Loss of citizenship in France and the United States

Screenshot 2015-12-23 10.24.25
Screen shot from this State Department web page: http://travel.state.gov/content/travel/en/legal-considerations/us-citizenship-laws-policies/citizenship-and-dual-nationality.html

American Republican party presidential nomination candidate Donald Trump says that if he were elected president, he would repeal the  guarantee of American citizenship for anyone who is born in our country.  Even the right has mixed opinions about this, and certainly the left is opposed–citizenship for anyone born here is a national absolute, enshrined in the Constitution.  Dual citizenship is a bit more complicated; becoming an American citizen involves renouncing allegiance to any other country, but the United Kingdom does not recognize this as a way to lose UK citizenship. You can lose your American citizenship for committing certain acts involving allegiance to another government, but they have to be committed with the intention to relinquish US nationality–see the link in the caption to the screen shot from the State Department web page on the subject.  American Republican party presidential nomination candidate Ted Cruz held dual Canadian-American citizenship until 2014, even while serving in the Senate.

Related issues have come up in France since the 13 November attacks.  Of course, this brings Zipf’s Law into our lives.  The word of the day in France is déchéance.  It was all over the news this morning, and is going crazy on Twitter.  This word has a number of meanings, but the one that’s relevant here is “loss” or “forfeiture,” as in déchéance de nationalité, or loss of citizenship.  Three days after the murder of 130 people by Islamic State terrorists, Hollande announced that terrorists or people acting contrary to French values with dual citizenship would be stripped of their French citizenship, even if they were born here.  It’s back in the news because Hollande has backed off on the idea–it quickly became clear that there would be no agreement about this abrogation of rights (which would require a change to the French constitution), and it was seen as an “ideological gift” to the far-right National Front party.  In the name of national unity, the idea has been officially dropped.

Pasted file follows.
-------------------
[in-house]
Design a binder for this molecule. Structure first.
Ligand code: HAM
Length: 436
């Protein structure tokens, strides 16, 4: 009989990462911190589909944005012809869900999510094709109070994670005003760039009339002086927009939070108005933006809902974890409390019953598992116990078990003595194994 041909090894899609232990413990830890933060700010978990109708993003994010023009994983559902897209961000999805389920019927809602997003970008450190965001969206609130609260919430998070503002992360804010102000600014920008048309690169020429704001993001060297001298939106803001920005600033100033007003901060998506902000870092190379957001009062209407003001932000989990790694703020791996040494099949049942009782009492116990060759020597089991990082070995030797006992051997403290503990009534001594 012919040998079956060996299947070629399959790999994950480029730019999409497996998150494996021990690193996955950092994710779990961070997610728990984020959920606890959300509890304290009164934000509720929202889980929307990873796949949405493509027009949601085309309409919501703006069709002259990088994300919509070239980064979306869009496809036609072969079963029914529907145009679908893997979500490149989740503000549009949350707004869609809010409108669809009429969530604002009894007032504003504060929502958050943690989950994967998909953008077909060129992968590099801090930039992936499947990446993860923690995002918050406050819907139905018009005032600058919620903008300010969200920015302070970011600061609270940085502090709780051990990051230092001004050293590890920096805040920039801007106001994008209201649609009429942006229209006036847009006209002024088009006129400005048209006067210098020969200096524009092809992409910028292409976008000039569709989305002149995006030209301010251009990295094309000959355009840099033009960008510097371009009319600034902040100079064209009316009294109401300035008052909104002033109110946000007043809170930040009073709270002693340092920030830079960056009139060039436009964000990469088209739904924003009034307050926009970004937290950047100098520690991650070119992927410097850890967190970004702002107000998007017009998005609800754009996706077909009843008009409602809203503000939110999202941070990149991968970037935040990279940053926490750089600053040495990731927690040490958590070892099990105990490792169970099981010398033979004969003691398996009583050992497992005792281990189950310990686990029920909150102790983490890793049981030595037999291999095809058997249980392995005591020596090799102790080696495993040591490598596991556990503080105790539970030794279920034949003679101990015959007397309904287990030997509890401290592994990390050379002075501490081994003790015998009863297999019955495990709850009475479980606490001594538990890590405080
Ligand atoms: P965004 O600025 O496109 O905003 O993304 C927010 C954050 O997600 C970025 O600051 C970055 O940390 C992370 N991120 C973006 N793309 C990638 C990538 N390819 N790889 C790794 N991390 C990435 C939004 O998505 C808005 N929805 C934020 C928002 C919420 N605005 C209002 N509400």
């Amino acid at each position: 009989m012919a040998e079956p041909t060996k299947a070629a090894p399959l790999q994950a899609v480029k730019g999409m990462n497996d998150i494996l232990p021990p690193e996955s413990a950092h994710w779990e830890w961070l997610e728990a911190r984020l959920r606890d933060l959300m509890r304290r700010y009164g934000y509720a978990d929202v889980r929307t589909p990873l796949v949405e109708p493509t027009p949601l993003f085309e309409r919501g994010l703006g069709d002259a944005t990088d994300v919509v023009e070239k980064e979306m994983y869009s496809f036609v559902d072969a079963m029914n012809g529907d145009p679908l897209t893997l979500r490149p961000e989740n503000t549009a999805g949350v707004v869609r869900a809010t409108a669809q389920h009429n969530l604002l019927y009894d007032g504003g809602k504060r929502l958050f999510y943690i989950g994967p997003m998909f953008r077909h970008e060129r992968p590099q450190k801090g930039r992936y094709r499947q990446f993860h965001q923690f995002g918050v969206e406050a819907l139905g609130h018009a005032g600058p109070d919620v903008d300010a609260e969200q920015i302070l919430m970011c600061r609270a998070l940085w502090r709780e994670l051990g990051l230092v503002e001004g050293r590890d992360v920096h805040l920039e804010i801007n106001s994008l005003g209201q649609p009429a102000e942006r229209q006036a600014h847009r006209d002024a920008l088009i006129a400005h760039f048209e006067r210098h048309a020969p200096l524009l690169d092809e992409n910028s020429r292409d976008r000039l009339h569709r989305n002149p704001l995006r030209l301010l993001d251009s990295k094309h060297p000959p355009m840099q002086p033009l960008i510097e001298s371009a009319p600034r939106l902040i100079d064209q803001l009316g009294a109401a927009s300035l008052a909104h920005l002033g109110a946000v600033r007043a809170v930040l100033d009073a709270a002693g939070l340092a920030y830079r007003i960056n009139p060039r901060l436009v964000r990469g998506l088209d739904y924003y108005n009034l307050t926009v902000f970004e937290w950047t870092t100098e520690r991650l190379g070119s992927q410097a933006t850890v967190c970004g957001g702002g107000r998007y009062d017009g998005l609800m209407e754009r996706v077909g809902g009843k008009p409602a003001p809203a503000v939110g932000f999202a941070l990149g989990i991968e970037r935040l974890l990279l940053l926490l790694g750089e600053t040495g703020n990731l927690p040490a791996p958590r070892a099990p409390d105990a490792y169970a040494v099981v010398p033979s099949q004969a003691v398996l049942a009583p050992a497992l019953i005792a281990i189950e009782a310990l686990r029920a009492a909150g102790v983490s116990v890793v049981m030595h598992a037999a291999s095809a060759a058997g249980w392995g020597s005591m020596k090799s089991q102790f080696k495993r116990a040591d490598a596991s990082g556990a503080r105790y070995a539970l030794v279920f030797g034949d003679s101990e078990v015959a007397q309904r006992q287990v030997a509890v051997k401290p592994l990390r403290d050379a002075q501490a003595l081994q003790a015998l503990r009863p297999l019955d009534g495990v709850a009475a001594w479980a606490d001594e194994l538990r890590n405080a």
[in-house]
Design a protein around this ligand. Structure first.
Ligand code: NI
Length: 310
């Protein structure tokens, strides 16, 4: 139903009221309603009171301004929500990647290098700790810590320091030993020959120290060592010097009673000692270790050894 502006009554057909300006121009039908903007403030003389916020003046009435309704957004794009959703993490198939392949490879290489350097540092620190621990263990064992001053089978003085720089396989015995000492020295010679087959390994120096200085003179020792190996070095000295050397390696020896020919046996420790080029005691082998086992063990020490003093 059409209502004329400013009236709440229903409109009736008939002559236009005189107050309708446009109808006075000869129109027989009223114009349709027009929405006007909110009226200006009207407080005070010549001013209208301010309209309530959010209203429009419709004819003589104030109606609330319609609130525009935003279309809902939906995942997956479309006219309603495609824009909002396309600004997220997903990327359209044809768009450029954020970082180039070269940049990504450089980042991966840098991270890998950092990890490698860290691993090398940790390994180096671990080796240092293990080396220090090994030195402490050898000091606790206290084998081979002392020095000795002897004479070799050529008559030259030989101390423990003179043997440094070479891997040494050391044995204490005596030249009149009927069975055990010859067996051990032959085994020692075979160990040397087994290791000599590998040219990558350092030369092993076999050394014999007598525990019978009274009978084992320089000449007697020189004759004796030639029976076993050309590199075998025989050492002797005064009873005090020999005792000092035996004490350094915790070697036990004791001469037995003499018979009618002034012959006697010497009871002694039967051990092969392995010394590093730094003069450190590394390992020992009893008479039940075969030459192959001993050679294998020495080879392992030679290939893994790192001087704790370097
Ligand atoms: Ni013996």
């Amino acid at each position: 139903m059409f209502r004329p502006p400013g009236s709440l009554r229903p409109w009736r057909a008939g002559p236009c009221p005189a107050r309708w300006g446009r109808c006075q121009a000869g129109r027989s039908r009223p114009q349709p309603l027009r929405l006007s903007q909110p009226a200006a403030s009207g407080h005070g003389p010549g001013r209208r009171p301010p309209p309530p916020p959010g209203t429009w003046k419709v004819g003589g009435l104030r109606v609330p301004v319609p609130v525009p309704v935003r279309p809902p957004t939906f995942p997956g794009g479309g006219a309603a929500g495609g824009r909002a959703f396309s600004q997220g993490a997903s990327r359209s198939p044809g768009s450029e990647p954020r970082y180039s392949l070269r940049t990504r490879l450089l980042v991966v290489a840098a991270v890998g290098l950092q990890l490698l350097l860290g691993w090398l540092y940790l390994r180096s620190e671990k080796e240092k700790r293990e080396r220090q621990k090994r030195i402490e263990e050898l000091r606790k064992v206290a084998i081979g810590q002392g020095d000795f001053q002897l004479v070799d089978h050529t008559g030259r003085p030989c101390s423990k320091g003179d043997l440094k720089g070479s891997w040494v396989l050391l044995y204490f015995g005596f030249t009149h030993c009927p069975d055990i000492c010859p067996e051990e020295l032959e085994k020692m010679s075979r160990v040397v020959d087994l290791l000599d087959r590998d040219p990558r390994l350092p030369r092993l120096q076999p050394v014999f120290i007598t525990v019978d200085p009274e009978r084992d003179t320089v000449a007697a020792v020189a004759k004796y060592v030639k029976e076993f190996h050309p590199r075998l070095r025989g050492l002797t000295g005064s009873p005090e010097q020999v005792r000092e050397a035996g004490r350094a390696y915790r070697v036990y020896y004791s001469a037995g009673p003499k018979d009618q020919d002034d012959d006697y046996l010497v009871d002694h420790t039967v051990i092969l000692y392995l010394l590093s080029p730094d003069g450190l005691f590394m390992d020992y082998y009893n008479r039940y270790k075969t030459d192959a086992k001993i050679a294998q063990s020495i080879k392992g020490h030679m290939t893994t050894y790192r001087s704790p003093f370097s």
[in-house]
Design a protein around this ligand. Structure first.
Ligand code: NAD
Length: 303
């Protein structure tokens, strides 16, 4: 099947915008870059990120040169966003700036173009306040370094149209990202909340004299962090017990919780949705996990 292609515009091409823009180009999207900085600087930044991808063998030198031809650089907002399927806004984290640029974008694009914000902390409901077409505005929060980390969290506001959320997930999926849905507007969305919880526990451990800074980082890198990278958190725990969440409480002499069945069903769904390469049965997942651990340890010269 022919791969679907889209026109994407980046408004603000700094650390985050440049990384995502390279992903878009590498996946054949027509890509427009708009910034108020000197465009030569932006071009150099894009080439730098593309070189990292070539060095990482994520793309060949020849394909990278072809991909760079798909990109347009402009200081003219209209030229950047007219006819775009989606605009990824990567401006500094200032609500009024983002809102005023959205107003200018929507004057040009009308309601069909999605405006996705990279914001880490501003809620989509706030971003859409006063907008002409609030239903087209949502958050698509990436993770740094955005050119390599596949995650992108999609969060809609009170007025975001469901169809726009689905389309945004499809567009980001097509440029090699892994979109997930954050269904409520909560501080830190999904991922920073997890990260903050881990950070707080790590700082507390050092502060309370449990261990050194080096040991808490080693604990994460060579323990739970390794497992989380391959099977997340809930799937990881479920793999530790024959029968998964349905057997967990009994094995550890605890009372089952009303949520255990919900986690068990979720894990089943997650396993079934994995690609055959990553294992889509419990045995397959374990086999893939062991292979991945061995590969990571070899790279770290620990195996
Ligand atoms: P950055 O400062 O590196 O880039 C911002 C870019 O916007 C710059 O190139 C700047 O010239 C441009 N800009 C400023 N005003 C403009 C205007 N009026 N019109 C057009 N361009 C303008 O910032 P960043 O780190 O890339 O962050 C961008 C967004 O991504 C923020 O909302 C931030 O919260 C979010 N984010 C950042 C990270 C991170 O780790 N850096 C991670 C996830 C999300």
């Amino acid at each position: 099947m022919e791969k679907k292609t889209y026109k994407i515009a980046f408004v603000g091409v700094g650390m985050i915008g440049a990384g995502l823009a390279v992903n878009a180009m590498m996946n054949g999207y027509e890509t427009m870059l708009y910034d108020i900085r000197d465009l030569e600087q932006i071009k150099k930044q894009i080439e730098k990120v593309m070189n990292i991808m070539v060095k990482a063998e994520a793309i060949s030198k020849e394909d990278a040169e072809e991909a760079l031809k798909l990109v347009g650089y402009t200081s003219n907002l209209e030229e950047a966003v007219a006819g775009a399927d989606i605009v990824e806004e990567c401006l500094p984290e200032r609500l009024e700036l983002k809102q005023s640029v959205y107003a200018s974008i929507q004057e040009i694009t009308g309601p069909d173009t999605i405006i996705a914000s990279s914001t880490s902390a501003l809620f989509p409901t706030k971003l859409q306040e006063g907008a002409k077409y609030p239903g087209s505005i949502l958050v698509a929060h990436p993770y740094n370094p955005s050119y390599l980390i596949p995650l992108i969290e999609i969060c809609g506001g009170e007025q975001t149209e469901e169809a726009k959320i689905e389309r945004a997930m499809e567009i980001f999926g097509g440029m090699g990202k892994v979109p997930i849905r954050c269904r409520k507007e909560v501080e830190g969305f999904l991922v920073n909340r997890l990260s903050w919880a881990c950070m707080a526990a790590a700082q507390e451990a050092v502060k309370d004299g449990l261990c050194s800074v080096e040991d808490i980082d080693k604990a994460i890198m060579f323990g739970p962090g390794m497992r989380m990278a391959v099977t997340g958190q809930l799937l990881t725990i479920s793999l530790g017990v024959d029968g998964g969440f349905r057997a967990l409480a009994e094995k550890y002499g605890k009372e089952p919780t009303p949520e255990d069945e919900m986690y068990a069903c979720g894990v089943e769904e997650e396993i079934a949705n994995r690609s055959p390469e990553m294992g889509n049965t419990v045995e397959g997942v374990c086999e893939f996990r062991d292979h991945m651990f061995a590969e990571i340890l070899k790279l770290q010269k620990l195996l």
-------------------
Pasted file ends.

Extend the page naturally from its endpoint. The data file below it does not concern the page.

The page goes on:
Here is WordReference.com’s discussion of the word:

  • la déchéance: (physical or moral) decline, degredation, degeneration.
  • la déchéance: (loss of rights) loss, forfeiture.

Interestingly, the concept also brings Zipf’s Law into our lives with respect to English, unless your vocabulary is a hell of a lot better than mine.  In particular, we meet the verb to expatriate, which Merriam-Webster defines as “banish, exile” (transitive); “to withdraw (oneself) from residence in or allegiance to one’s native country” (transitive); “to leave one’s native country to live elsewhere; also :  to renounce allegiance to one’s native country” (intransitive).

 

 

5 thoughts on “Loss of citizenship in France and the United States”

  1. Loss of citizenship is a very fraught issue that involves the very foundations of the human right to “belong” somewhere. A person stripped of his/her citizenship would en up in a Kafka-esque bureaucratic limbo. Not to mention possible life-threatening social and psychological identity issues.

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    1. I think that the US and British pages on this both say that they won’t strip the citizenship of people who don’t have dual citizenship, and explicitly say that they won’t leave anyone “stateless.” France already has something to strip the citizenship of people who emigrated less than 15 years ago and have citizenship elsewhere also–the question here was about stripping the French citizenship of people with dual citizenship who were born in France.

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      1. Thanks for the explanation. If the measures would only apply with dual citizenship then it does make sense. In many cases, keeping up one’s “former” passport stems from emotional-roots feelings, but for many others, it’s also a financial or … legal ploy. However, Boris Johnson, the mayor of London, is renouncing (or has renounced) his US citizenship, an interesting example of how it can actually turn out to be a disadvantage tax-wise!

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    1. Like anything else of a bureaucratic nature here, it’s complicated. Born in France to at least one French parent: you’re French. Born in France without a French parent: you’re entitled to French citizenship if you actually lived there for 5 years (so, e.g., children born to tourists can’t do this), but you have to apply for it at the age of 18. Various permutations apply to the cases where your parents are stateless, you’re adopted, a parent was born in a French territory, etc., etc., etc.

      My favorite aspect of French law on the subject is that you’re eligible to apply for citizenship if you’ve lived here for two years and, during that time, have gotten a French master’s degree. You’re not *guaranteed* citizenship, mind you–you’re eligible to apply for it. But, seriously–citizenship earned by graduate degree? I LOVE it.

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